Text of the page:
Wild Women 

Utah gals find a common love of the great outdoors

A jaunt in the Great Outdoors is the perfect way to de-stress, get your body moving, and reconnect with yourself—things almost every woman could use a little more of in her life. There are plenty of outdoor events and recreation groups out there, but only recently has there been a move to provide more female-centric options. Some women are drawn to women-only activities because they enjoy the supportive, empowering environment, aren’t interested in competition, or simply want to meet women with interests similar to their own.

For beginners and women who are interested in finding a community of outdoor enthusiasts, Salt Lake Women in Action is a great jumping-off point. The club is founded on the idea that every woman should be able to enjoy outdoor recreation regardless of her sexual orientation and identity, skill level or age. The group holds an activity every month designed to allow LGBT women and allies of any skill level to enjoy the outdoors in an inclusive, noncompetitive environment. Outings include hiking, snowshoeing, biking and rock climbing.

Group members keep connected via Facebook to organize additional activities. “We try to make our activities welcoming for women of all abilities,” says SLWA organizer Elaina Timm. “It can encourage hopefully more women to challenge themselves and be little less self-conscious and a little more daring.”

If you’re a female cyclist, there are several women-only rides held every year in Utah, including Spokes for Hope in St. George, the Wonder Woman Run in Payson and the Wildflower Pedalfest in Mountain Green.
“When I ride my bike, I feel like I’m free from all obligations,” says Wildflower Pedalfest organizer Erika Beckstrom.

The ride includes four different courses so cyclists can opt for a shorter ride (20 or 35 miles) or a serious challenge (50 or 75 miles). Unlike co-ed races that can be intimidating for some women, Beckstrom says, Wildflower Pedalfest is very much about camaraderie among the cyclists. “Women help each other,” she says. “Women are empowering to one another.”

Women who want to protect Mother Earth while enjoying her beauty should look no further than Great Old Broads for Wilderness. In 1989, Senator Orrin Hatch tried to justify his opposition to the designation of wilderness areas by claiming that it would prevent the construction of roads, thereby inhibiting the elderly from enjoying public lands. A group of women of a certain age decided to prove him wrong by completing a five-day backpacking expedition in southern Utah.

To this day, the Broads remain active both physically and politically and have expanded to include chapters in 16 states. Every year, they hold at least two “Broadwalks” to draw attention to wilderness areas that are under threat.

“Broadwalks center on getting people there and hiking into the areas so that we can become advocates, so in that sense hiking or traveling by river is integral to our activism, and just to our souls,” says local Broads leader Ronni Egan. In addition, the various chapters, called “Broadbands,” get outside by adopting local areas and engaging in monitoring and service projects. Sometimes, they go out just for fun. “Activism is fueled by our experience in nature,” Egan says.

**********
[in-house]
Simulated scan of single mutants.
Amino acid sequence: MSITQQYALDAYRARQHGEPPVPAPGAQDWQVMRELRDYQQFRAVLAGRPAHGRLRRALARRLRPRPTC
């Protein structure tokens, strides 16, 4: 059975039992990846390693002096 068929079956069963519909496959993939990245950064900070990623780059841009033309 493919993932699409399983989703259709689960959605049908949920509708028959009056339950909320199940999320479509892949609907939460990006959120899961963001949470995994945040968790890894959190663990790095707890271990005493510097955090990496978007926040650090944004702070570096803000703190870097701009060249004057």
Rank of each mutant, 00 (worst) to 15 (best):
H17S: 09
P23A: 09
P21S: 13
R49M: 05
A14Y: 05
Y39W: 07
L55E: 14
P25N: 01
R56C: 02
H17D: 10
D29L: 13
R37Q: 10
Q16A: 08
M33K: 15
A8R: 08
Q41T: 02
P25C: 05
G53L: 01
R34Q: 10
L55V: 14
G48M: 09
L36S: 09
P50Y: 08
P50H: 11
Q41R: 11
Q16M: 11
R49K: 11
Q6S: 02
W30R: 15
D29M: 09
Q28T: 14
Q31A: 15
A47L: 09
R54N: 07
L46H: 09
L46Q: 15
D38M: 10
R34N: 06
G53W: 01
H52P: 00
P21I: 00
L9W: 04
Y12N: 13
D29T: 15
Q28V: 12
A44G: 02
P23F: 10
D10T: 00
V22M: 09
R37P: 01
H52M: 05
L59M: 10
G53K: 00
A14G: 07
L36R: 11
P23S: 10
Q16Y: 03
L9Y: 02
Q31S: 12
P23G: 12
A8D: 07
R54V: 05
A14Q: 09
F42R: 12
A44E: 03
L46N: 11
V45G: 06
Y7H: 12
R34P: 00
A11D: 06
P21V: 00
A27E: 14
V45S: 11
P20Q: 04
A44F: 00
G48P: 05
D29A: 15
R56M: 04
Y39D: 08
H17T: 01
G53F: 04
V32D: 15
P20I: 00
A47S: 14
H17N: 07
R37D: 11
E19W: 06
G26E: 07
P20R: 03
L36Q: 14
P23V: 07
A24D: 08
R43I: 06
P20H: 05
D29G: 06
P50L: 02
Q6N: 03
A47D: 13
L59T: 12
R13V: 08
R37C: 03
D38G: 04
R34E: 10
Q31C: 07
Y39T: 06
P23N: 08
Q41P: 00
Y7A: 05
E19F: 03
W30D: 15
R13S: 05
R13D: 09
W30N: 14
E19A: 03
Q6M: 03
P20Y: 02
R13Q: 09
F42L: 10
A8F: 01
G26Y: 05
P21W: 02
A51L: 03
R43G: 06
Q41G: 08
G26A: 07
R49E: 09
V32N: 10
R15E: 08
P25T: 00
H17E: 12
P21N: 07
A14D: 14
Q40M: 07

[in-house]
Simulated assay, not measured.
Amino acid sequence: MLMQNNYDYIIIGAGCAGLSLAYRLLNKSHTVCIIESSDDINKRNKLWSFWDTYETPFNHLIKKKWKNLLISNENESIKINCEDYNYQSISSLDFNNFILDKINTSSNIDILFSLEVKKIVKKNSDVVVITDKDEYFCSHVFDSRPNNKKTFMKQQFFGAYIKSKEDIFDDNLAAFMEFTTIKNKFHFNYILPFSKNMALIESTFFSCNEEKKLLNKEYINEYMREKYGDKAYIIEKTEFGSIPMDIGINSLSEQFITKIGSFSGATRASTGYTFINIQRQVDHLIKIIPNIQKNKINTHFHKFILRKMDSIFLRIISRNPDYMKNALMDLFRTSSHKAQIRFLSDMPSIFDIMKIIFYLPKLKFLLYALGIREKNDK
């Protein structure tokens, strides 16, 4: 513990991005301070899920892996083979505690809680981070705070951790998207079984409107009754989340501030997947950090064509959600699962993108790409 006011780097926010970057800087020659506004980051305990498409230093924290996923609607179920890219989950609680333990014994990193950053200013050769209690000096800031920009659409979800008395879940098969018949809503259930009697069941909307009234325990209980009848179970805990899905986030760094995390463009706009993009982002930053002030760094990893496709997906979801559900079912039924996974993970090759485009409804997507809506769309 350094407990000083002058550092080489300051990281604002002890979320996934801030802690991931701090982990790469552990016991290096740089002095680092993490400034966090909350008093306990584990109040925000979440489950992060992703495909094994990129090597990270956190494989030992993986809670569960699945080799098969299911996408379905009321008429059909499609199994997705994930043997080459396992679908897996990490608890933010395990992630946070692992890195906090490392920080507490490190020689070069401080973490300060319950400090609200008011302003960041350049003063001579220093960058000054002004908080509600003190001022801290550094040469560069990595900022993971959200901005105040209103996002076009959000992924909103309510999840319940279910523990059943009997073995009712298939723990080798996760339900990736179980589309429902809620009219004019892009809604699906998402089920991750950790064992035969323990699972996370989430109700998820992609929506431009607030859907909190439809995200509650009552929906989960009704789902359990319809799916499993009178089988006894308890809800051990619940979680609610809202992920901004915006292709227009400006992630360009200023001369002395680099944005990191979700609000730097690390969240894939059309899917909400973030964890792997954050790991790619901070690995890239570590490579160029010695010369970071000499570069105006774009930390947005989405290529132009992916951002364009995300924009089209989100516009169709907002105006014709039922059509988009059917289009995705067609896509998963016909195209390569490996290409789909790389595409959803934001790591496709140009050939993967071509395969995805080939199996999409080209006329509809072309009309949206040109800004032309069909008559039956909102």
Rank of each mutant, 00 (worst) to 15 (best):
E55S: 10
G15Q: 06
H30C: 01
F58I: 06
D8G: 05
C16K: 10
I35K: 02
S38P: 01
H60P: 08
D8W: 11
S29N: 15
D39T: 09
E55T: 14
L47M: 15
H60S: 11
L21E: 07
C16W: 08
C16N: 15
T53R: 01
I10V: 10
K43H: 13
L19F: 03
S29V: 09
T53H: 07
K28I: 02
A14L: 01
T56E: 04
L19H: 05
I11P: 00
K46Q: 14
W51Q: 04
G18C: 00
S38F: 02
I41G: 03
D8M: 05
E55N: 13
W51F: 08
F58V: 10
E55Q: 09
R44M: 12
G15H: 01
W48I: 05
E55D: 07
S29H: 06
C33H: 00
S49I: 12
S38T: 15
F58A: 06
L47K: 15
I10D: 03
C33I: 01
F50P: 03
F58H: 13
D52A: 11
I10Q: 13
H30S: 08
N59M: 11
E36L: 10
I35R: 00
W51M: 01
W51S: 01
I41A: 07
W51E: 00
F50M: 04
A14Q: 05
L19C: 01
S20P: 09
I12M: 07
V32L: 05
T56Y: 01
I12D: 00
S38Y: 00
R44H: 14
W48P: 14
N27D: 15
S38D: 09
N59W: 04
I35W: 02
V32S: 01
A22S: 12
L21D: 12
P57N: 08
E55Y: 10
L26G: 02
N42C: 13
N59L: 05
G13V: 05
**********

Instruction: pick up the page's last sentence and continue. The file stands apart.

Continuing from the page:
Daring women who’d like to lead a group of friends into the wild might find it daunting to organize their friends’ varying interests, abilities, budgets and schedules. Elaina Timm suggests starting small and trying out one of the already established groups to get some ideas and meet people who may join your group and motivate you and your friends to go on other outings.

Timm suggests that when hiking with people of varying fitness levels, someone should lead from the back as well as the front. That way, everyone can go at her own pace without getting left behind or feeling held back.

And exploring the outdoors is “still doable” for women who don’t have a lot of money or time to spend, Timm says. She points to nearby destinations that require minimal time, money and gear, such as Tanner Park and Millcreek Canyon. “It’s not Mount Everest, but it’s a place to be outside.”

Pin It
Favorite

About The Author

Lexie Levitt

More by Lexie Levitt

  • Pioneer Craft House

    Nonprofit fights to stay in South Salt Lake location
    • Oct 16, 2013
  • Green Guide 2013: Bird Land

    A crossroads for migratory birds, the Great Salt Lake and its wetlands are where birdwatchers’ dreams come true.
    • Apr 17, 2013
  • We Were The 99%

    Occupy Salt Lake: Where are they now?
    • Mar 6, 2013
  • More »

Latest in Outdoor Recreation Guide

  • Summer & Fall Outdoor Recreation Guide 2014

    Is the call of your great Utah adventure on hold? Far too often, we who live in the great state of "Life Elevated" (Utah's promotional tagline) just imagine we're living the dream.
    • Jun 5, 2014
  • Off the Eaten Path

    Play hard, then eat hearty at these far-flung Utah restaurants.
    • Jun 5, 2014
  • Reach for the Stars

    Explore the night sky on a dark desert hike
    • Jun 5, 2014
  • More »

Comments

Subscribe to this thread:

Add a comment

© 2015 Salt Lake City Weekly

Website powered by Foundation